The Light of the World


Billy Graham

Jan. 18, 2015



Disclaimer: this is an automatically generated machine transcription - there may be small errors or mistranscriptions. Please refer to the original audio if you are in any doubt.

[0:00] I'd invite you now to look for a little while at John chapter 8 and verse number 12. John chapter 8 and verse number 12, where we find the words of the Lord Jesus Christ. When Jesus spoke again to the people, he said, I am the light of the world. Whoever follows me will never walk in darkness but will have the light of life. Jesus said, I am the light of the world. Whoever follows me will not walk in darkness but will have the light of life.

[0:54] I think in winter time when days are often dull, although this morning was a lovely bright morning, but we're very conscious of the long nights, the darkness, and we long for the brightness and the warmth of summertime. People all over the world and in every generation I think have been fascinated by light and darkness, by the sun, the moon, and the stars, and indeed philosophers in ages past conceived of a never-ending struggle, never-ending struggle between the forces of good and evil, which they characterized by light and darkness.

[2:09] And the Bible itself draws quite a distinction between the light and the darkness. These two great elemental features of the world in which we live. Where you have light, the darkness is banished. Where you have darkness, there is no light. And these two don't live together. We have a very beautiful illustration of this in the ninth chapter of John, in the verses that we read together, where Jesus met a man who had been blind from birth. This man for all his life had walked in darkness. And Jesus, after applying mud to his eyes and telling him to go and bathe his eyes in the pool of Siloam, this man in the beautiful little phrase that finishes the story, that part of the story anyway, he came home seeing.

[3:43] For the first time in his life he was walking in the light. And here in John chapter 8 and verse 12, Jesus makes this tremendous claim, I am the light of the world. Whoever follows me will never walk in darkness, but will have the light of life. The immediate context of this verse was the great festival of tabernacles in Jerusalem. The city at that time would have been crowded with people. And as the festival drew to its close, two significant ceremonies took place, or two aspects of all the ceremonies that were held during that week took place.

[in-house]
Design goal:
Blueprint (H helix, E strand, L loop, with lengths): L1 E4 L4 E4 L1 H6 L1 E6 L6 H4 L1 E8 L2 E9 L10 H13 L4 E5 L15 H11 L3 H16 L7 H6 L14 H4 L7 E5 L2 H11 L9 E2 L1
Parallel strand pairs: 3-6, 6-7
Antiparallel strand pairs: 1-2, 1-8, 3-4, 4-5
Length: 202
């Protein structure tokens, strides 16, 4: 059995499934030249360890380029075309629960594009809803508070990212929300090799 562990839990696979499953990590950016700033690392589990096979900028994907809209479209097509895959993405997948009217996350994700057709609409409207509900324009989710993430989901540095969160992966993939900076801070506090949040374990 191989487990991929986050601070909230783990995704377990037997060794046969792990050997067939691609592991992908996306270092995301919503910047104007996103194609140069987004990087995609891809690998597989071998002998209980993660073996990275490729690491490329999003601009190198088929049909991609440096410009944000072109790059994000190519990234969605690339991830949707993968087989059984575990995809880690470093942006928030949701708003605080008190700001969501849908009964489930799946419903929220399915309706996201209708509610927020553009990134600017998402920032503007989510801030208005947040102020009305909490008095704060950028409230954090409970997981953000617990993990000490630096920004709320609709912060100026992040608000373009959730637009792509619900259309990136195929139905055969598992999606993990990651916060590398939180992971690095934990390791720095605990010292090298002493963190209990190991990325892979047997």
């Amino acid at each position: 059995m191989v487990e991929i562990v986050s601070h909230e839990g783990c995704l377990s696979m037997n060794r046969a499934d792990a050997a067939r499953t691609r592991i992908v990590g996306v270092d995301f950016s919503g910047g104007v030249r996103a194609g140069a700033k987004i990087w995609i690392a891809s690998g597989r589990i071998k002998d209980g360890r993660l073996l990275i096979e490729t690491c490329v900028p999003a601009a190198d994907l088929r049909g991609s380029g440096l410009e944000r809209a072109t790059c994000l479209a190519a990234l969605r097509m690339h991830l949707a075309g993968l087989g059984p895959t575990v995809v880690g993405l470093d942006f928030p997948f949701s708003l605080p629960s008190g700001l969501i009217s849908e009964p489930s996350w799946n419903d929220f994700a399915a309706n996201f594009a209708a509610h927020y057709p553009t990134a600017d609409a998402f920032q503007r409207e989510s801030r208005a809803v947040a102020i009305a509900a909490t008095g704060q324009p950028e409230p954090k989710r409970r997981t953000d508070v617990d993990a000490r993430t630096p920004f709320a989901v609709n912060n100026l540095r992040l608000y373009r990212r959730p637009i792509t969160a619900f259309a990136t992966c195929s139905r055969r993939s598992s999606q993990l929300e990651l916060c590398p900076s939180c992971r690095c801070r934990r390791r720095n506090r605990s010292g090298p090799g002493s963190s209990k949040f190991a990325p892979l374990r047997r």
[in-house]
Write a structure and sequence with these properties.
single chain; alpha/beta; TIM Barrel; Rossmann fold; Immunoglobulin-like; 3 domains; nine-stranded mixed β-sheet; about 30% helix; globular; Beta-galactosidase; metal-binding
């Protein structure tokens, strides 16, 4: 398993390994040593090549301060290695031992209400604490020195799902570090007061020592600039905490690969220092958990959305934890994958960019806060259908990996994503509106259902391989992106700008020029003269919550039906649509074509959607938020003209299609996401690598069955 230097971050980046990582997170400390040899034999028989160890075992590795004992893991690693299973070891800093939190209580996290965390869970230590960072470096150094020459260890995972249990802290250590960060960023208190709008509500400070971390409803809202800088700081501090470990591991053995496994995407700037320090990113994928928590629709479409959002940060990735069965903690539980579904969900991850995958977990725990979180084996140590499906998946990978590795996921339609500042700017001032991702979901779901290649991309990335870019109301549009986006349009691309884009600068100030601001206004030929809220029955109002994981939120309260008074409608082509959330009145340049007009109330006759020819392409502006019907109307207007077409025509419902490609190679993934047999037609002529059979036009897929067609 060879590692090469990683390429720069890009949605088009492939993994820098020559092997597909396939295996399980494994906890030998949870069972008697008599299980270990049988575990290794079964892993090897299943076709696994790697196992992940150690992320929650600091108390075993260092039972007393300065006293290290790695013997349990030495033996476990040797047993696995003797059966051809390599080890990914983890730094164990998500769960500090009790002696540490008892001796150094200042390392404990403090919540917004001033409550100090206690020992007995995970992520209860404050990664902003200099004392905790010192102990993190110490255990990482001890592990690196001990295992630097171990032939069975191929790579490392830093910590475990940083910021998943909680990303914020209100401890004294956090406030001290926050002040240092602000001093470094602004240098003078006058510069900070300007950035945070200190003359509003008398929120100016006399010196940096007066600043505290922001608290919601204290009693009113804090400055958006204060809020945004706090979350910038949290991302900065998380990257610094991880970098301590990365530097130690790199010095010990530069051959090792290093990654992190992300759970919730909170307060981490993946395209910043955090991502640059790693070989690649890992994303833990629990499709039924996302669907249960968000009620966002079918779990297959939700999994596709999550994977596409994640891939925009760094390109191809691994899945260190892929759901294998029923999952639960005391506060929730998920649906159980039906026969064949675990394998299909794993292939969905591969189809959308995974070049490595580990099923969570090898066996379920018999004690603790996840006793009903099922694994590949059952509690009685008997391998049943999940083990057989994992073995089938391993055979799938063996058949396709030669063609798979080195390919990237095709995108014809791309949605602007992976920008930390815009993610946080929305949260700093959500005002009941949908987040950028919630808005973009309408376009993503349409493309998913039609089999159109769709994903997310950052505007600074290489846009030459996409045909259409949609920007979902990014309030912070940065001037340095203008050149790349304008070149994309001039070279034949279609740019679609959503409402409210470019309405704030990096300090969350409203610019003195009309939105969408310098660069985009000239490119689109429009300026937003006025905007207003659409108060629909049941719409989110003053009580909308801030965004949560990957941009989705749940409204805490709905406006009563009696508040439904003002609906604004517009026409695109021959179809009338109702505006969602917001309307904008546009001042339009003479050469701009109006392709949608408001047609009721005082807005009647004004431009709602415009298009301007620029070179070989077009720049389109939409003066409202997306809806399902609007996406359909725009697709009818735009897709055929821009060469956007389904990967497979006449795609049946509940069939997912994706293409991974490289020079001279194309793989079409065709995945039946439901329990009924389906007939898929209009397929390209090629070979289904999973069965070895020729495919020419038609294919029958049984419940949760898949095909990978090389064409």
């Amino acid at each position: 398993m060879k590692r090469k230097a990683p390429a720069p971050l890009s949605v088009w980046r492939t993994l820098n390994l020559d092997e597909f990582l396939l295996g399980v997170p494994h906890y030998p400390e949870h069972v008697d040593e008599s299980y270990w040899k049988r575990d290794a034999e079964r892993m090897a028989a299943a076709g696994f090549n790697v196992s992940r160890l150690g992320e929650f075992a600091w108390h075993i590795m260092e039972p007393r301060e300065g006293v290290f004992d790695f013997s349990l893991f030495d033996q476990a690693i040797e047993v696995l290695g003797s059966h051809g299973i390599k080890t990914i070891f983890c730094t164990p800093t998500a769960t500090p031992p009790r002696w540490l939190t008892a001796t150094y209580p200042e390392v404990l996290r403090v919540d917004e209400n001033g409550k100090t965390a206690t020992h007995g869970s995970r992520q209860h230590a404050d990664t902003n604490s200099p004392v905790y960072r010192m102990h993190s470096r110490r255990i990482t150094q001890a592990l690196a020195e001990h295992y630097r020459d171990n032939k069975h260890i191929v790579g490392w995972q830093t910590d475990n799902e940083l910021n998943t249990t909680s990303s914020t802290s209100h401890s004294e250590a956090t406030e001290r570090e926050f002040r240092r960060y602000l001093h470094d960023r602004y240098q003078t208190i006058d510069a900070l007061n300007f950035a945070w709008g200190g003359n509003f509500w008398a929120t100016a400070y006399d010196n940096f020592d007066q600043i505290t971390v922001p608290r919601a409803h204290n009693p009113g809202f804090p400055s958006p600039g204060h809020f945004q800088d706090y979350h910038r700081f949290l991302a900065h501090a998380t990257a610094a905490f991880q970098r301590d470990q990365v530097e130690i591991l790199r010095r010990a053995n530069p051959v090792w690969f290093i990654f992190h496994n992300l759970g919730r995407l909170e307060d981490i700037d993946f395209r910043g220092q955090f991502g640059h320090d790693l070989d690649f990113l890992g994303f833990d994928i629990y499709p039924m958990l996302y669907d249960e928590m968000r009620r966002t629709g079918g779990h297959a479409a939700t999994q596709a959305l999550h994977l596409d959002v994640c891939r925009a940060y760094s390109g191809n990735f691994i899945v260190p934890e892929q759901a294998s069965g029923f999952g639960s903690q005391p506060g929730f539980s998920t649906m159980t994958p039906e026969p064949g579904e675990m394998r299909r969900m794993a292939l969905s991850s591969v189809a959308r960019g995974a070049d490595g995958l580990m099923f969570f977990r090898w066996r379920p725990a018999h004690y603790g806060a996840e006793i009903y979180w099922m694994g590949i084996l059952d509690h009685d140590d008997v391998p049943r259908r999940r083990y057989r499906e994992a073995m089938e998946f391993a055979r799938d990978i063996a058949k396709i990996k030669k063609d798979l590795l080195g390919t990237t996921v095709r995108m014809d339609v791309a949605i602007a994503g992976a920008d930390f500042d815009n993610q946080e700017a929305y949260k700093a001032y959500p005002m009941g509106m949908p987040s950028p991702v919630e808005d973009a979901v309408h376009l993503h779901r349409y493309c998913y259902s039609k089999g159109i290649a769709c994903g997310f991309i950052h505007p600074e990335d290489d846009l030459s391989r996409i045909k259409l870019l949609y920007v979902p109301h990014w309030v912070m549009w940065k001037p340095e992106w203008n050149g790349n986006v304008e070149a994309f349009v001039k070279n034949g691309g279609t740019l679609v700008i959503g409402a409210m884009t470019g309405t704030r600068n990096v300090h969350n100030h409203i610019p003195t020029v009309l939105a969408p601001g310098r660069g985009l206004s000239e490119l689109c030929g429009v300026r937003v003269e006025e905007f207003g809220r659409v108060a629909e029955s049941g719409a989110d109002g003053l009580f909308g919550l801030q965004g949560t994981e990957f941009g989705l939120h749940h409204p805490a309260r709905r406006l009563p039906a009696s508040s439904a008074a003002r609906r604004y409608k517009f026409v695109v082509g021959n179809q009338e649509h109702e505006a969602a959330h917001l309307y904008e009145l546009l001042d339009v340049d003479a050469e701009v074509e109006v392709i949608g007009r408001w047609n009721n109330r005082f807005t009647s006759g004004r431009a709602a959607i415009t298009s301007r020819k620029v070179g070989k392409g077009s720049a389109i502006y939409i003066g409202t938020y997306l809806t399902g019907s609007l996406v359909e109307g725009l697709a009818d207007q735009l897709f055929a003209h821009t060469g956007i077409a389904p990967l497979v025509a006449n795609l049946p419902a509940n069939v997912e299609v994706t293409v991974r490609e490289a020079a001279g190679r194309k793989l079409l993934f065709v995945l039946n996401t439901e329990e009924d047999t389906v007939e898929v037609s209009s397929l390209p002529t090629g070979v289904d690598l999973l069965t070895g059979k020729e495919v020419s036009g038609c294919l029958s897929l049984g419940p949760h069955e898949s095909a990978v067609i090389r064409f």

[4:54] And they prompted Jesus to call people's attention to himself, who becomes the fulfilment of what is depicted by so much of these Old Testament ceremonies. We read in chapter 7 that on the last day, that great day of the feast, Jesus said, if anyone is thirsty, let him come to me and drink. And what prompted that saying of Jesus was that during the week, water was taken from the pool of Siloam and poured into a basin that was placed beside the altar at the temple there. But on the last great day of the feast, that part of the ceremony stopped.

[5:59] There was no longer water poured out, but Jesus said, I am the water of life. If anyone is thirsty, let him come to me and drink. And he says, when we do that, the water that he gives will never run out. We will never be thirsty. Fresh water is at where all the time depicting as John says, life given by the Holy Spirit in the Christian's heart.

[6:41] And then finally, there were four great lights illuminating the great court at the temple.

[6:55] And as the festival drew to its close, these lights were extinguished and darkness would have descended on the scene. And it was then that Jesus declared, I am the light of the world, whoever follows me will never walk in darkness, but will have the light of life.

[7:26] And it's thinking of that statement that I want us to spend a little while together this morning. And to highlight what Jesus means by claiming to be the light of the world, I want us to think first of all about what the Bible has to say about darkness, because that's instructive I think, leading us to think of Jesus' statement. For in the Bible, darkness invariably has a negative connotation. This is first drawn to our attention at the very opening page of the Bible in Genesis chapter 1 and in verses 1 to 3, we read that the earth was formless and empty and darkness was over the face of the deep. There was no light and there was no life. And later on in the Old Testament, when the children of